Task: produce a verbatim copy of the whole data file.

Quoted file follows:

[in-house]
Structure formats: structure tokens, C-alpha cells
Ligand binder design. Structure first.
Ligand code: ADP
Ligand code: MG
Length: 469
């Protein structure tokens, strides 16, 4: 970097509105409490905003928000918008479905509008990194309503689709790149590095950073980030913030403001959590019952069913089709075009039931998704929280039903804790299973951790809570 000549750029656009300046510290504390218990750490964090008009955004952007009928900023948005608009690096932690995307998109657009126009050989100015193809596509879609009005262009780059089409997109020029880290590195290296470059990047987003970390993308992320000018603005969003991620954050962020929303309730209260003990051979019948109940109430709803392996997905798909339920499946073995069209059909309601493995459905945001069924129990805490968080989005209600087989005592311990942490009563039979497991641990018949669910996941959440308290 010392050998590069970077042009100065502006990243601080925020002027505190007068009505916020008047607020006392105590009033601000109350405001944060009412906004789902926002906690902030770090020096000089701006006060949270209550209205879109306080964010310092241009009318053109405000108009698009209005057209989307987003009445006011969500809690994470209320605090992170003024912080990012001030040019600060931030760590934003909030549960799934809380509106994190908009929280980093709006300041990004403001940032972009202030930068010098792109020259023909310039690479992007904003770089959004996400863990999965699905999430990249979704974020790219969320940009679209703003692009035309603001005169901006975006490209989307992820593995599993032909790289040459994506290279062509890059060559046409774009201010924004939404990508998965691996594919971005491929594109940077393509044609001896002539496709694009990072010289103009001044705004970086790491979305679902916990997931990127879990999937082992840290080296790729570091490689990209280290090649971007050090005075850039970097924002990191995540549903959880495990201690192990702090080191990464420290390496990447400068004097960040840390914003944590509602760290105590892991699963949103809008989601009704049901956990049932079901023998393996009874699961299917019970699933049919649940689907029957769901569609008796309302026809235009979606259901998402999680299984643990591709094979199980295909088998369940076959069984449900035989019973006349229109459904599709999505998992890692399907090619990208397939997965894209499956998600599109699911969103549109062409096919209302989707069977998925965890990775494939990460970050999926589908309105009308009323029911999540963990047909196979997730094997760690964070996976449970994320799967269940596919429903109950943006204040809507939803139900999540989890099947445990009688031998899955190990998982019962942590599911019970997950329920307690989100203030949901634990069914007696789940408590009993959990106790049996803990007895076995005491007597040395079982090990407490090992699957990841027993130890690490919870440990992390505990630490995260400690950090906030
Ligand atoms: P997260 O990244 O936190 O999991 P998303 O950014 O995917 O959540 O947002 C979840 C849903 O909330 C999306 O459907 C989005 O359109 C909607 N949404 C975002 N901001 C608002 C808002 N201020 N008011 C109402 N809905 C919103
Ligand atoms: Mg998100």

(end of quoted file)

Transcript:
[in-house]
Structure formats: structure tokens, C-alpha cells
Ligand binder design. Structure first.
Ligand code: ADP
Ligand code: MG
Length: 469
């Protein structure tokens, strides 16, 4: 970097509105409490905003928000918008479905509008990194309503689709790149590095950073980030913030403001959590019952069913089709075009039931998704929280039903804790299973951790809570 000549750029656009300046510290504390218990750490964090008009955004952007009928900023948005608009690096932690995307998109657009126009050989100015193809596509879609009005262009780059089409997109020029880290590195290296470059990047987003970390993308992320000018603005969003991620954050962020929303309730209260003990051979019948109940109430709803392996997905798909339920499946073995069209059909309601493995459905945001069924129990805490968080989005209600087989005592311990942490009563039979497991641990018949669910996941959440308290 010392050998590069970077042009100065502006990243601080925020002027505190007068009505916020008047607020006392105590009033601000109350405001944060009412906004789902926002906690902030770090020096000089701006006060949270209550209205879109306080964010310092241009009318053109405000108009698009209005057209989307987003009445006011969500809690994470209320605090992170003024912080990012001030040019600060931030760590934003909030549960799934809380509106994190908009929280980093709006300041990004403001940032972009202030930068010098792109020259023909310039690479992007904003770089959004996400863990999965699905999430990249979704974020790219969320940009679209703003692009035309603001005169901006975006490209989307992820593995599993032909790289040459994506290279062509890059060559046409774009201010924004939404990508998965691996594919971005491929594109940077393509044609001896002539496709694009990072010289103009001044705004970086790491979305679902916990997931990127879990999937082992840290080296790729570091490689990209280290090649971007050090005075850039970097924002990191995540549903959880495990201690192990702090080191990464420290390496990447400068004097960040840390914003944590509602760290105590892991699963949103809008989601009704049901956990049932079901023998393996009874699961299917019970699933049919649940689907029957769901569609008796309302026809235009979606259901998402999680299984643990591709094979199980295909088998369940076959069984449900035989019973006349229109459904599709999505998992890692399907090619990208397939997965894209499956998600599109699911969103549109062409096919209302989707069977998925965890990775494939990460970050999926589908309105009308009323029911999540963990047909196979997730094997760690964070996976449970994320799967269940596919429903109950943006204040809507939803139900999540989890099947445990009688031998899955190990998982019962942590599911019970997950329920307690989100203030949901634990069914007696789940408590009993959990106790049996803990007895076995005491007597040395079982090990407490090992699957990841027993130890690490919870440990992390505990630490995260400690950090906030
Ligand atoms: P997260 O990244 O936190 O999991 P998303 O950014 O995917 O959540 O947002 C979840 C849903 O909330 C999306 O459907 C989005 O359109 C909607 N949404 C975002 N901001 C608002 C808002 N201020 N008011 C109402 N809905 C919103
Ligand atoms: Mg998100």